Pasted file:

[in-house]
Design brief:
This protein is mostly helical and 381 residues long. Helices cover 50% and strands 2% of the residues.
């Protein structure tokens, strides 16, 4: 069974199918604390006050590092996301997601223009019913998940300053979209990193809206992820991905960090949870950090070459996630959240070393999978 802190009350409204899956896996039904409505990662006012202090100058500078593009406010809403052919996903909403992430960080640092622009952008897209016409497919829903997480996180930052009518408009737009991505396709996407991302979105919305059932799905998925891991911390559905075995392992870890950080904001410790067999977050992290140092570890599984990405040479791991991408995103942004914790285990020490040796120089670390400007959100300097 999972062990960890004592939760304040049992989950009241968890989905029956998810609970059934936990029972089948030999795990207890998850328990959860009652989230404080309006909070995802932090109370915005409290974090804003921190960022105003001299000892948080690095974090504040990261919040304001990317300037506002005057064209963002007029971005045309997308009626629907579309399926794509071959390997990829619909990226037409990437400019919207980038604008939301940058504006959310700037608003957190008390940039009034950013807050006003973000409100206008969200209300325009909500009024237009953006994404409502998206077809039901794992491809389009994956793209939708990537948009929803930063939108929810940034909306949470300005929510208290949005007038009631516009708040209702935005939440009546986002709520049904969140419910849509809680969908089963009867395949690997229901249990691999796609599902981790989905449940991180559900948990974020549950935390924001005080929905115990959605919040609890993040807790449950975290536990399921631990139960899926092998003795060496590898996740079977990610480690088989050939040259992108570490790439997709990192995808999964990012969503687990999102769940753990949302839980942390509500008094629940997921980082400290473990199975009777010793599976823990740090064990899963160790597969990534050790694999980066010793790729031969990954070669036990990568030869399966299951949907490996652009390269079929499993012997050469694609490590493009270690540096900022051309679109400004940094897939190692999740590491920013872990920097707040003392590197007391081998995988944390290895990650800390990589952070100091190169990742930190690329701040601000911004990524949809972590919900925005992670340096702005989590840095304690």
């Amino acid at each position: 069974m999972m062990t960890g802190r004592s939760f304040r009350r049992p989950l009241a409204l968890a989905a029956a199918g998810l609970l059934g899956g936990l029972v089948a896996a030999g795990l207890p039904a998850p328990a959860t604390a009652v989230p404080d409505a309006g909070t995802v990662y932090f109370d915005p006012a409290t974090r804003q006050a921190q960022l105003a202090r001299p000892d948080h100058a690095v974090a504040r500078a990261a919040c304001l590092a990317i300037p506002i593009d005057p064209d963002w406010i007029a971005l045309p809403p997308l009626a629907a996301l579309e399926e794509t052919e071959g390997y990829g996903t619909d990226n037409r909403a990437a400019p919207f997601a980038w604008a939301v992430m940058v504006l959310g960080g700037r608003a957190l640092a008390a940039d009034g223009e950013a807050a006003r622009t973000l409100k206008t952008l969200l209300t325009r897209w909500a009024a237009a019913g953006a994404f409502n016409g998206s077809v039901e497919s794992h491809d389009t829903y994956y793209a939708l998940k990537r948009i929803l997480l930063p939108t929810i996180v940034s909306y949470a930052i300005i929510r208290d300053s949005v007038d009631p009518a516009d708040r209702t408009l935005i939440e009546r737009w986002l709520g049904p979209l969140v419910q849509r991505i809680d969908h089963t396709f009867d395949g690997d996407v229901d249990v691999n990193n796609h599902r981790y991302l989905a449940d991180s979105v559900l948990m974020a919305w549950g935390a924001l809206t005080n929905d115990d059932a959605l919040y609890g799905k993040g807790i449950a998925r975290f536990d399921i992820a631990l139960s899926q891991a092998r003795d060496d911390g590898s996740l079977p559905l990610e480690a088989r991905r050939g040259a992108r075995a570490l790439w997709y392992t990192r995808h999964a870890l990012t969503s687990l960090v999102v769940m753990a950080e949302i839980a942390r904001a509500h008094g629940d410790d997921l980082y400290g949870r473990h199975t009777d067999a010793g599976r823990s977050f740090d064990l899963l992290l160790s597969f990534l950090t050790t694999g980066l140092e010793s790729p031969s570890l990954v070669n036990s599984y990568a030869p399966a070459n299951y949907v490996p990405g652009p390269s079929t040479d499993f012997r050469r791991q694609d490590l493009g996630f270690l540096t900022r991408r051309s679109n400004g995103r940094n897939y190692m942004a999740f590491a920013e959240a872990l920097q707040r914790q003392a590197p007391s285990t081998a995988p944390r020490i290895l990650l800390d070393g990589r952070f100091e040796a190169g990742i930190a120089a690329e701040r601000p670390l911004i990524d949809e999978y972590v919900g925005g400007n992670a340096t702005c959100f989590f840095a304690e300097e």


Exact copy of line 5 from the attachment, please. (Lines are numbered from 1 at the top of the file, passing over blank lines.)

């Amino acid at each position: 069974m999972m062990t960890g802190r004592s939760f304040r009350r049992p989950l009241a409204l968890a989905a029956a199918g998810l609970l059934g899956g936990l029972v089948a896996a030999g795990l207890p039904a998850p328990a959860t604390a009652v989230p404080d409505a309006g909070t995802v990662y932090f109370d915005p006012a409290t974090r804003q006050a921190q960022l105003a202090r001299p000892d948080h100058a690095v974090a504040r500078a990261a919040c304001l590092a990317i300037p506002i593009d005057p064209d963002w406010i007029a971005l045309p809403p997308l009626a629907a996301l579309e399926e794509t052919e071959g390997y990829g996903t619909d990226n037409r909403a990437a400019p919207f997601a980038w604008a939301v992430m940058v504006l959310g960080g700037r608003a957190l640092a008390a940039d009034g223009e950013a807050a006003r622009t973000l409100k206008t952008l969200l209300t325009r897209w909500a009024a237009a019913g953006a994404f409502n016409g998206s077809v039901e497919s794992h491809d389009t829903y994956y793209a939708l998940k990537r948009i929803l997480l930063p939108t929810i996180v940034s909306y949470a930052i300005i929510r208290d300053s949005v007038d009631p009518a516009d708040r209702t408009l935005i939440e009546r737009w986002l709520g049904p979209l969140v419910q849509r991505i809680d969908h089963t396709f009867d395949g690997d996407v229901d249990v691999n990193n796609h599902r981790y991302l989905a449940d991180s979105v559900l948990m974020a919305w549950g935390a924001l809206t005080n929905d115990d059932a959605l919040y609890g799905k993040g807790i449950a998925r975290f536990d399921i992820a631990l139960s899926q891991a092998r003795d060496d911390g590898s996740l079977p559905l990610e480690a088989r991905r050939g040259a992108r075995a570490l790439w997709y392992t990192r995808h999964a870890l990012t969503s687990l960090v999102v769940m753990a950080e949302i839980a942390r904001a509500h008094g629940d410790d997921l980082y400290g949870r473990h199975t009777d067999a010793g599976r823990s977050f740090d064990l899963l992290l160790s597969f990534l950090t050790t694999g980066l140092e010793s790729p031969s570890l990954v070669n036990s599984y990568a030869p399966a070459n299951y949907v490996p990405g652009p390269s079929t040479d499993f012997r050469r791991q694609d490590l493009g996630f270690l540096t900022r991408r051309s679109n400004g995103r940094n897939y190692m942004a999740f590491a920013e959240a872990l920097q707040r914790q003392a590197p007391s285990t081998a995988p944390r020490i290895l990650l800390d070393g990589r952070f100091e040796a190169g990742i930190a120089a690329e701040r601000p670390l911004i990524d949809e999978y972590v919900g925005g400007n992670a340096t702005c959100f989590f840095a304690e300097e």